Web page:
Climate goals and renewable energy deployment require a competitive electricity market


As the United States joins the rest of the world in tackling climate change, it will become critical for power generators to continue to include renewable energy in their investment portfolios.This challenge It balances the variability introduced by solar and wind energy while minimizing carbon-intensive power generation. The monopoly of utility models was not established for this purpose.A competitive electricity market is the best way to integrate renewable energy-including Distributed generation— And to provide American customers with affordability and reliability.Fortunately, the Biden’s White House Executive Order of July 9 Recognize the broader principle of prioritizing competition and instruct government agencies to implement policies to ensure competition. The order stated, “For consumers, [competition] Means more choices, better services and lower prices. “

The reason should be obvious. Monopolies have no incentive to develop new technologies and cost-effective power generation infrastructure. On the contrary, monopoly utilities are mainly driven by the guaranteed rate of return on their existing investments. In the past, this model may have benefited Wall Street. It rarely creates the best results for customers or our climate change goals.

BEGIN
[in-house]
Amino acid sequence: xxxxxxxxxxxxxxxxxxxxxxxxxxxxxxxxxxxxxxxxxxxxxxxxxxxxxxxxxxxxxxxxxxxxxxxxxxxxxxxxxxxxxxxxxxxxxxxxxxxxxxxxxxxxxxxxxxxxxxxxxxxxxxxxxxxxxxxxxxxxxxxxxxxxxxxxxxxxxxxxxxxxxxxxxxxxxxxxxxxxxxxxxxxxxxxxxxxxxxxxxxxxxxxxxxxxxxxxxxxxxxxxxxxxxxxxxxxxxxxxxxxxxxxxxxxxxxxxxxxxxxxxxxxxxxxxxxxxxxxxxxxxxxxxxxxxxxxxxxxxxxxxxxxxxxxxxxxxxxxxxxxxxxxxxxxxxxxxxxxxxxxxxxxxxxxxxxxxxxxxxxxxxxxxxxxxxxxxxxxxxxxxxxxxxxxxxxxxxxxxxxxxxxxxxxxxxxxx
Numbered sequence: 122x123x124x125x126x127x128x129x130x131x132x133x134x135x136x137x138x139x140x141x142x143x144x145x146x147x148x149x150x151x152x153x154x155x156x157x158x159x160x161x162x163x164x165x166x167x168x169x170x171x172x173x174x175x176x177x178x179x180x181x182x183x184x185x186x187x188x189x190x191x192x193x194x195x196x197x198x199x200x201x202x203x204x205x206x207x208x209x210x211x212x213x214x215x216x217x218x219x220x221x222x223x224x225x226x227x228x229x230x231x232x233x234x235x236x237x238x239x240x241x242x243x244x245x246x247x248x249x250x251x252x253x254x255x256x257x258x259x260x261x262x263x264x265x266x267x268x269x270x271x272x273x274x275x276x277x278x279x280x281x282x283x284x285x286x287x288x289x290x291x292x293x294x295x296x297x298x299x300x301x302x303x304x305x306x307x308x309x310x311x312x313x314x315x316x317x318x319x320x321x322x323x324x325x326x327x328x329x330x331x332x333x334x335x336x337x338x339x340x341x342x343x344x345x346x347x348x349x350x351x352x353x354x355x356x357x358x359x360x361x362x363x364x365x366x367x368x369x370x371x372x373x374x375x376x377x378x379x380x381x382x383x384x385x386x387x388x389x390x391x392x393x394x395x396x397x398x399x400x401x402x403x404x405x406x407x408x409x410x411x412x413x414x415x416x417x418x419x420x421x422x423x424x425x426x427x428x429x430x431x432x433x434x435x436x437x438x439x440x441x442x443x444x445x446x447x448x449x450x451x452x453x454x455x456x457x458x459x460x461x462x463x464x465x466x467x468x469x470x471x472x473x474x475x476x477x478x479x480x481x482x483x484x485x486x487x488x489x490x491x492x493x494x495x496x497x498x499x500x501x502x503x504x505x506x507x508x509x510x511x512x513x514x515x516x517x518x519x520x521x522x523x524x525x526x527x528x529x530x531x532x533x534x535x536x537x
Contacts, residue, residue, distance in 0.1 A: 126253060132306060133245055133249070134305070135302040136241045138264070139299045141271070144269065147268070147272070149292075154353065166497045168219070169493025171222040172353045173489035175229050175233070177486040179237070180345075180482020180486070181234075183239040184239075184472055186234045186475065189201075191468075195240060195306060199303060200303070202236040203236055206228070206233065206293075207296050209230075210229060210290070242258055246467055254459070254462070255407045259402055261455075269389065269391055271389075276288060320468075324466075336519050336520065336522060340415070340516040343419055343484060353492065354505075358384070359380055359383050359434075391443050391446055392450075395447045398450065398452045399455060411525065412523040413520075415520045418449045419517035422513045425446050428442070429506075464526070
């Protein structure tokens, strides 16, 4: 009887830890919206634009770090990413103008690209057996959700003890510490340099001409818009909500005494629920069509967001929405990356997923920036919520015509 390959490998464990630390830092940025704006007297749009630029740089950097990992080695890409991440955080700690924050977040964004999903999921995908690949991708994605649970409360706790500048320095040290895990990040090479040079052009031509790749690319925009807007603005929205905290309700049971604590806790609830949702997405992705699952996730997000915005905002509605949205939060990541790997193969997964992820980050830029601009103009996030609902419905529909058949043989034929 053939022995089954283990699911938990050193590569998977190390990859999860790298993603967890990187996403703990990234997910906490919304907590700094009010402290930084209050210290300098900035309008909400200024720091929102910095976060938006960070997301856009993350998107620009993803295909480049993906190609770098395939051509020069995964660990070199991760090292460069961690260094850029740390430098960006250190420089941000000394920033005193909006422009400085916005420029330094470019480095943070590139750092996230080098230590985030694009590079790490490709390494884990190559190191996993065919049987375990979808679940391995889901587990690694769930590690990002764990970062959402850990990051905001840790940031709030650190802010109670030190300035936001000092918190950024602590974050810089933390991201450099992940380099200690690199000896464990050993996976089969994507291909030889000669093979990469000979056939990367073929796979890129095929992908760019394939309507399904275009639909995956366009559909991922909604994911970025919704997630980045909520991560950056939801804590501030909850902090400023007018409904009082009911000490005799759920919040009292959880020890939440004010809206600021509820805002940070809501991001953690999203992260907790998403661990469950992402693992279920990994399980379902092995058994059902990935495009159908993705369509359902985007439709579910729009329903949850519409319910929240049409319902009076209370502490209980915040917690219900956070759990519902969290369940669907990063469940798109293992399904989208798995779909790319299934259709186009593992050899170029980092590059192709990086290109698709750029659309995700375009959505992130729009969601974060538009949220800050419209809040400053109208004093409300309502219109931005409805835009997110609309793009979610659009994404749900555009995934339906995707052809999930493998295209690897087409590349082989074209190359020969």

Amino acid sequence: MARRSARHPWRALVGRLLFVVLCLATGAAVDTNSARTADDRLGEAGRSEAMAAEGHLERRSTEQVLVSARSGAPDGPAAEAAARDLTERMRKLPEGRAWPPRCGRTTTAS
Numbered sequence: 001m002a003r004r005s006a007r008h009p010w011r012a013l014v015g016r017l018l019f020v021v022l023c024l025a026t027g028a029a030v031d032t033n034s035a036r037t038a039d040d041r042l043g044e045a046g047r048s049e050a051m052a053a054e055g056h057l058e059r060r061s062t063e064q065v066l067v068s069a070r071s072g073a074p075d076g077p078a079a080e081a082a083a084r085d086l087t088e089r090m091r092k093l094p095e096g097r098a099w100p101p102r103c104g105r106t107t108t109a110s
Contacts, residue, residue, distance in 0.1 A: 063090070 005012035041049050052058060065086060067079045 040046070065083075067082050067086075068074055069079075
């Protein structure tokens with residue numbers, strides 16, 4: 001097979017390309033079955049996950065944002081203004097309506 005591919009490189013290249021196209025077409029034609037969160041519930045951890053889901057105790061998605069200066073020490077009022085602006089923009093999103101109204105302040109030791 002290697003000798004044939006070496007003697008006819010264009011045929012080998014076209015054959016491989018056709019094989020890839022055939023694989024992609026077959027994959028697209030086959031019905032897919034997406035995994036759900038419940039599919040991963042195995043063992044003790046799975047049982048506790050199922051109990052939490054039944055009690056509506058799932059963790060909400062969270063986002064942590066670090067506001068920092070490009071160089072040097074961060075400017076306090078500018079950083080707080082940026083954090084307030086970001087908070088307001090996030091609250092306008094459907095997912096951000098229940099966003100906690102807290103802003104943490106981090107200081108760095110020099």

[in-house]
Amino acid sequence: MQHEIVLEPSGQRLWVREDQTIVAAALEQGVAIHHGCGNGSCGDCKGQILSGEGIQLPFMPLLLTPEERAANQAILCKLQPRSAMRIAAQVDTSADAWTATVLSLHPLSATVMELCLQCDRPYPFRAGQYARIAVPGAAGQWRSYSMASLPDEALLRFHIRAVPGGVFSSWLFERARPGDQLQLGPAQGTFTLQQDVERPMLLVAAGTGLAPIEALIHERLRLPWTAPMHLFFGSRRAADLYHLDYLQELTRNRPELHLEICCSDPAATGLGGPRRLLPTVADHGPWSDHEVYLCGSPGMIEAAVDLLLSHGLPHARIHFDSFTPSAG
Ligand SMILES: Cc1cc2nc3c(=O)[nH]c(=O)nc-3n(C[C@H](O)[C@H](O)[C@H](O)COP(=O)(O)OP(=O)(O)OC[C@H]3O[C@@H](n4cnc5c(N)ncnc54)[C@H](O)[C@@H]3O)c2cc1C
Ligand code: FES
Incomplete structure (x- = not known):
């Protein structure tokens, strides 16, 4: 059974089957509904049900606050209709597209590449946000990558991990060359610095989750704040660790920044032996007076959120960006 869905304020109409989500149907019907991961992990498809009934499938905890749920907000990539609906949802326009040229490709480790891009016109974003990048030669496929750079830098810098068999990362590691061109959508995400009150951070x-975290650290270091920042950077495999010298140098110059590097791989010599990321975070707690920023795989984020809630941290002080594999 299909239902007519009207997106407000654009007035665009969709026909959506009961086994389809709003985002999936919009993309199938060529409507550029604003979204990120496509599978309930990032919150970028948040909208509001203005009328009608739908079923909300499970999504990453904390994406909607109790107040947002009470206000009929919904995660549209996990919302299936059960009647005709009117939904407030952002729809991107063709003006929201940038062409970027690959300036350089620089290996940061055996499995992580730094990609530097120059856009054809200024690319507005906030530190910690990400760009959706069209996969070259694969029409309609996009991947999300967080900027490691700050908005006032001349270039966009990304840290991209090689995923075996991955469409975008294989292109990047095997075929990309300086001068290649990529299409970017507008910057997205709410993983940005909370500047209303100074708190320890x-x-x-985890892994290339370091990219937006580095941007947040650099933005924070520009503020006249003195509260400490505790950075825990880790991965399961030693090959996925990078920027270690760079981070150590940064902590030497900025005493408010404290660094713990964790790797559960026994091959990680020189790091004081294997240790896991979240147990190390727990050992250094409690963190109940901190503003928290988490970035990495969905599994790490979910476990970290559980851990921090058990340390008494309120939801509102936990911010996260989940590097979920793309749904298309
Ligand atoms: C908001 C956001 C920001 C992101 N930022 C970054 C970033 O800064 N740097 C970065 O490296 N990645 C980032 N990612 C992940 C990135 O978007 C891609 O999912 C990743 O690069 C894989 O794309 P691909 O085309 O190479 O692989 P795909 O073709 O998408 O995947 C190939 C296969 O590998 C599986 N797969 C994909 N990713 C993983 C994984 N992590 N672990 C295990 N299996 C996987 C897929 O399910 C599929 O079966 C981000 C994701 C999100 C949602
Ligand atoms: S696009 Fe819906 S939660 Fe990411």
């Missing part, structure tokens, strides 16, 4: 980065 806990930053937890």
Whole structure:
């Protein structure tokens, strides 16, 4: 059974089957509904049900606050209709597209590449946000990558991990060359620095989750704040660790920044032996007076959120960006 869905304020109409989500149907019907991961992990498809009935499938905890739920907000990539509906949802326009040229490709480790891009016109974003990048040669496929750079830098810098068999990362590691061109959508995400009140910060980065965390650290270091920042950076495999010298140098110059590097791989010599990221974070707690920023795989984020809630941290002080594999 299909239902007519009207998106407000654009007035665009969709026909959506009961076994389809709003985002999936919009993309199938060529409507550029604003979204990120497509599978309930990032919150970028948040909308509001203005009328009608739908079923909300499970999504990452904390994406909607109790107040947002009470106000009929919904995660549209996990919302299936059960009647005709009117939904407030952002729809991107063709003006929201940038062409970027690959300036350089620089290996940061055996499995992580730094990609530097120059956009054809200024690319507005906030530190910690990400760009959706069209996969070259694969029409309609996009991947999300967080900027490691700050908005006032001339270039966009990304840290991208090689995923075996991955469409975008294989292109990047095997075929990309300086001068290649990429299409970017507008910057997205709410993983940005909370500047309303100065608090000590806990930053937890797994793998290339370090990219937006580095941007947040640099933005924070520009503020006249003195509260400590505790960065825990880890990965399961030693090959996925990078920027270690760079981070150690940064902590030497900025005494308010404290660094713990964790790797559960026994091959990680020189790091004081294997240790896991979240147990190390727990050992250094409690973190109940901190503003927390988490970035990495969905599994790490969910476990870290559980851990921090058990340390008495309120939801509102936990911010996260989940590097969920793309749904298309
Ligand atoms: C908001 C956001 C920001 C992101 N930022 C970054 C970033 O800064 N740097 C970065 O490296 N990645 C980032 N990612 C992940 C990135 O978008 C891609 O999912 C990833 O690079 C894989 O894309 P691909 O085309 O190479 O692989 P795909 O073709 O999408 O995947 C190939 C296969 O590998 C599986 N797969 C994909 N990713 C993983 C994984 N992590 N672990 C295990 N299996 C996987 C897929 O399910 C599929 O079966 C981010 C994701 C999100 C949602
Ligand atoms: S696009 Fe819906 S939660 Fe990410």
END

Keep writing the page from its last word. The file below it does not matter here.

Recently, nine former Federal Energy Regulatory Commission (FERC) regulators sent a copy of letter FERC believes that competitive grid operators, namely regional transmission organizations (RTO) and independent system operators (ISO), are the best platform to develop renewable energy and ensure the best consumer benefits. Large-scale, organized wholesale markets allow economies of scale to send the right signals and provide the lowest-cost, customer-centric approach to low-carbon or zero-carbon grids.

Responding to climate change requires the large-scale operation of competitive markets. This is where RTO and ISO come in. Generally, RTO and ISO distribute energy in multiple states, allowing them to reduce emissions while integrating renewable resources with variable output, including solar and wind energy.In fact, the former member of the Federal Energy Regulatory Commission Quote “More than 80% of renewable energy power generation has been deployed in organized market areas where emissions are falling faster.” Competitive market models create incentives to adapt to technology trends and customer preferences, including more renewables energy.

result?Competitive market remuneration Innovation and deployment of new products.Taking into account the carbon emissions of PJM, one of the largest grid operators in the United States reduce Due to more efficient technology, there was an increase of 39% between 2005 and 2020.New York’s highly competitive market experienced As price signals encourage efficiency, carbon emissions have been reduced by 52% in the past 20 years.some Advocate of public utility monopoly Attempts to refute this argument with carefully selected data, claiming the opposite. However, unbiased data from PJM and NYISO provide accurate pictures.